Background: Technical errors (TE) that occur during surgery for treating fractures are considered as being preventable by good preoperative planning and surgeon education. This prospective study evaluated a new instructional method for improving surgical outcomes that involved assessing surgeons' own recent performances.
Methods: Postoperative radiographs from two groups of patients were assessed during consecutive 4-month periods. 350 operations were included in the Early Group and 411 operations in the Late Group. All the TE that occurred during the first period were reviewed and discussed among the residents and the consultant surgeons who had performed those operations. The same procedure was followed 4 months later. The TE were classified as minor, moderate and major.
Results: The two groups included the same 41 surgeons. The most common TE were: insufficient reduction, varus and valgus malalignment and prominent hardware. The total number of errors dropped significantly, from 52 (14.7%) during the first period to 26 (6.3%) during the second period (p = 0.0003). The TE score severity dropped from 81 to 38, respectively (p = 0.0001). The most affected regions were, the humerus (p < 000.1), midshaft femur (p = 0.007), proximal femur (p = 0.004) and radius (p = 0.008). Most of the gains were made in the moderate category (p = 0.0001). The consultants performed statistically better than the residents in the first period (12% vs. 20%, p = 0.036), but almost similar to the residents in the second period (5.3% vs. 9%, p = 0.164). A TE index was calculated by dividing the accumulated sum by the number of operations and it dropped in both groups from 0.2 and 0.3 to 0.09 and 0.09, respectively.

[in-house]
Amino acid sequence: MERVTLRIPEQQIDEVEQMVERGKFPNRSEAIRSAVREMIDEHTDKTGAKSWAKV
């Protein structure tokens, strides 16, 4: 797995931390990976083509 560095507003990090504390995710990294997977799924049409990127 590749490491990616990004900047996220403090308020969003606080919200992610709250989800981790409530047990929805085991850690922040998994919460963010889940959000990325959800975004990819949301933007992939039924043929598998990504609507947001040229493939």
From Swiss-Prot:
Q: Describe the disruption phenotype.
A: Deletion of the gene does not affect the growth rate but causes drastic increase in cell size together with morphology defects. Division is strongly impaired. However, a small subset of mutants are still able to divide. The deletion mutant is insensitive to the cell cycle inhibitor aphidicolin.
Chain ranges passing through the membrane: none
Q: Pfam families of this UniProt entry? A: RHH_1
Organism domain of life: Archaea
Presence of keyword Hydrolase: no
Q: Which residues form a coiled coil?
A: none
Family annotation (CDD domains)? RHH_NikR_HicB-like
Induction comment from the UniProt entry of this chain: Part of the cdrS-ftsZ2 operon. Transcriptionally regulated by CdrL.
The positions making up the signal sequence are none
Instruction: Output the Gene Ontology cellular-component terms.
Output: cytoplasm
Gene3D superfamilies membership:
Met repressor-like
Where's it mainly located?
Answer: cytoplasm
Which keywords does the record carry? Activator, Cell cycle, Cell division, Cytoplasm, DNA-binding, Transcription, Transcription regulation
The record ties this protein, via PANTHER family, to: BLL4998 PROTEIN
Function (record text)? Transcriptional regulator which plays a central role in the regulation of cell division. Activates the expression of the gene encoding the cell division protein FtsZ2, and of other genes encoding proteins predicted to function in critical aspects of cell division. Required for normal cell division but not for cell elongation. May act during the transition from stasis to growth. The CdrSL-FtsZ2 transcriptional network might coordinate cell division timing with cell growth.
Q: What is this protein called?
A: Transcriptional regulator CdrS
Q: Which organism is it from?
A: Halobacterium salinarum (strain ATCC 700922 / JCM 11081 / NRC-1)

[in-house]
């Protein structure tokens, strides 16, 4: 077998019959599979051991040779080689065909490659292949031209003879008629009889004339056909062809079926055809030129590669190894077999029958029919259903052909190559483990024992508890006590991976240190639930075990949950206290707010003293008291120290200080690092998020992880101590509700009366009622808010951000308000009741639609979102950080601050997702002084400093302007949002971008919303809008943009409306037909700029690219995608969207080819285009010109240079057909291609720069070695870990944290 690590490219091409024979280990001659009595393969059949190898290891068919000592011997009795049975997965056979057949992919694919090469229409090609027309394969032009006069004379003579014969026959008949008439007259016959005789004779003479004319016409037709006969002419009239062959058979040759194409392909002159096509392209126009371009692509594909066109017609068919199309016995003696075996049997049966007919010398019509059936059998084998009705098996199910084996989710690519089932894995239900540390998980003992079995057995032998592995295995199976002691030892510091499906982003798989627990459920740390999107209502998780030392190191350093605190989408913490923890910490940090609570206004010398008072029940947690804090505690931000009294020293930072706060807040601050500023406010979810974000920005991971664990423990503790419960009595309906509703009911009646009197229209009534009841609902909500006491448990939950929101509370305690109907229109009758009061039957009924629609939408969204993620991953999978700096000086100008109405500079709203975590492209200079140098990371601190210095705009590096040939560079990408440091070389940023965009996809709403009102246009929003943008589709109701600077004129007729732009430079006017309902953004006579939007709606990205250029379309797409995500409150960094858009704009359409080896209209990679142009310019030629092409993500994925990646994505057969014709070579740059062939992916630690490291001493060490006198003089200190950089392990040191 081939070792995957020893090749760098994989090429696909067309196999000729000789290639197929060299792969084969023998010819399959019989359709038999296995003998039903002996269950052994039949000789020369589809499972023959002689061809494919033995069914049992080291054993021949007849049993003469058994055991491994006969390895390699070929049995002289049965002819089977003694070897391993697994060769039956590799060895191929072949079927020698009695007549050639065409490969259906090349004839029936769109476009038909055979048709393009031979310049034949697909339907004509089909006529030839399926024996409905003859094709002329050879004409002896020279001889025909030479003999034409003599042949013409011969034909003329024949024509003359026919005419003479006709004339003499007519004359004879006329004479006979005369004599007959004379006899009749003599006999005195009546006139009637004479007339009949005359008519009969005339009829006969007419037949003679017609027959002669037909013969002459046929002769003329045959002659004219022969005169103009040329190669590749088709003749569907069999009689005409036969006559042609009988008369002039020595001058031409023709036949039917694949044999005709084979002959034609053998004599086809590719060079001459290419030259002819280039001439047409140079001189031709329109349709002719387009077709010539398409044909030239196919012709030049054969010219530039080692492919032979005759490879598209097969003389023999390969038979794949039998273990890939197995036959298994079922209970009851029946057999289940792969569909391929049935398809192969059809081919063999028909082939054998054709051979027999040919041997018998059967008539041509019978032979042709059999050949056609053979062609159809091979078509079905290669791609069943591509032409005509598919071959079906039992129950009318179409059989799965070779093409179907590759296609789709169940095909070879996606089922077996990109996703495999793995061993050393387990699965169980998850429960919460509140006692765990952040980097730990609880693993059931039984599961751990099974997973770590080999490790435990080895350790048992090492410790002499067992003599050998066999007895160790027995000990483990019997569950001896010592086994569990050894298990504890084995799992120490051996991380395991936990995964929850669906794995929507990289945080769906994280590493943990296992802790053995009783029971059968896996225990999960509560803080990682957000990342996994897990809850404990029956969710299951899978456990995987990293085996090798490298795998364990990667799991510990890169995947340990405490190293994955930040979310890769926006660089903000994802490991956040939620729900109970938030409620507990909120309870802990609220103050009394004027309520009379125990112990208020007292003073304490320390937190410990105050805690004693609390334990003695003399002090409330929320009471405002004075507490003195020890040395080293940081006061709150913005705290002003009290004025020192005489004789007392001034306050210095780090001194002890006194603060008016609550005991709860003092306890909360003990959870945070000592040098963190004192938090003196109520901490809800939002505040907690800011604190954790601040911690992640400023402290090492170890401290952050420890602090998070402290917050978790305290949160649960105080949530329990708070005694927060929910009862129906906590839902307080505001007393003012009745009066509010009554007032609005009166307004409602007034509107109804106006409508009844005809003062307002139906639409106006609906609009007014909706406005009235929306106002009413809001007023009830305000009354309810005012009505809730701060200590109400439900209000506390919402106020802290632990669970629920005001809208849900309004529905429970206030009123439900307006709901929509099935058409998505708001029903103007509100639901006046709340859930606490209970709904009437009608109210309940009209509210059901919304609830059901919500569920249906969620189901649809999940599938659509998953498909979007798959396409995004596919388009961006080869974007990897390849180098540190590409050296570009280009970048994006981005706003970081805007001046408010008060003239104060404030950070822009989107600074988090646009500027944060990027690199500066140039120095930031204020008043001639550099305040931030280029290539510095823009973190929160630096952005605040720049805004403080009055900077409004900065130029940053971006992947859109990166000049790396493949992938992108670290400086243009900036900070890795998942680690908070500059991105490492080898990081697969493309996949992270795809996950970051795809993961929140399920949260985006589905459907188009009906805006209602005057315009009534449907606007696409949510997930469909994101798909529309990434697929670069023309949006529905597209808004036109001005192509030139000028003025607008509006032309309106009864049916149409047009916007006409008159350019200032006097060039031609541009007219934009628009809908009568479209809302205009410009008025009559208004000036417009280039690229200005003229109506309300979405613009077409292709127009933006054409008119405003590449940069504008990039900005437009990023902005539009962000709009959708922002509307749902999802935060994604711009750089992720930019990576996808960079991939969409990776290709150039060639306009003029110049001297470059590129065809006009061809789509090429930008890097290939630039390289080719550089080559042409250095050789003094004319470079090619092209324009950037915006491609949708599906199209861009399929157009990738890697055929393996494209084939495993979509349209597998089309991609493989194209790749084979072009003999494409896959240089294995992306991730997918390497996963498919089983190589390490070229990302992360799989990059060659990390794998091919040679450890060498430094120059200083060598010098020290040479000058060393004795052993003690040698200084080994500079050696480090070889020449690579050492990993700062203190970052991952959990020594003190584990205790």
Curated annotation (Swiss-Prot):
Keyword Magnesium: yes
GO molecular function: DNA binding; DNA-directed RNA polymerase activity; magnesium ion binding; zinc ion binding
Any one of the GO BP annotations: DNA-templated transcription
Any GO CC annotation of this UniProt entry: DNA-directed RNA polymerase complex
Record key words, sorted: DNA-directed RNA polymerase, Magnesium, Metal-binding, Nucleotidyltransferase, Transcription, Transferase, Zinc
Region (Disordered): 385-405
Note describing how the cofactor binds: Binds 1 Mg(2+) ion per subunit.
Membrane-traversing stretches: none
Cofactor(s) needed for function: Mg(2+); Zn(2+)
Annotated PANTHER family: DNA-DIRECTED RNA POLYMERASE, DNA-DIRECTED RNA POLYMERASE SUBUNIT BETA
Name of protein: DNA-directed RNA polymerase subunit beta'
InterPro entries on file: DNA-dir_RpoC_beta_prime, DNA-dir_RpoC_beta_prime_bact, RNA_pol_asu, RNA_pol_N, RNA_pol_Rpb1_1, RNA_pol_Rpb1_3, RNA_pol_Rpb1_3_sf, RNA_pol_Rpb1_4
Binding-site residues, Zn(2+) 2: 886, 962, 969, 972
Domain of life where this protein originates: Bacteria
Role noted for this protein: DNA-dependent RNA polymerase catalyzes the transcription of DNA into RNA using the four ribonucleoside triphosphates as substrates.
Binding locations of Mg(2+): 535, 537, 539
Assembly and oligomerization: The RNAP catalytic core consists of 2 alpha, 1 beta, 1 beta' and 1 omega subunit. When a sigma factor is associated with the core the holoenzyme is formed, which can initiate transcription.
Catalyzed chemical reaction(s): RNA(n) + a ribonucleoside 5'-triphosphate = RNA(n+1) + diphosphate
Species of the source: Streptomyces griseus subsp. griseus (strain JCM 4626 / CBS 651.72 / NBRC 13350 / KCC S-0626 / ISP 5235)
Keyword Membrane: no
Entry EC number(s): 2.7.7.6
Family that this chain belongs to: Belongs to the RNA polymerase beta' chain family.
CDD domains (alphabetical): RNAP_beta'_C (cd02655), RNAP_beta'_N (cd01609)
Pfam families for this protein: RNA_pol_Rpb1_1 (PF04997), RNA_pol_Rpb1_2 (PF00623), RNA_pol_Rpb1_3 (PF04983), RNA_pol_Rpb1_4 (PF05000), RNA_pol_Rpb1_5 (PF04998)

Conclusion: Intraoperative TE can be significantly reduced by periodic performance evaluations in a seminar setting during which groups of surgeons can review the TE that they and their colleagues had made during recent orthopaedic surgical procedures.
Level of evidence: Level II.
Keywords: Fracture treatment; Intraoperative technical errors; Surgeon education.
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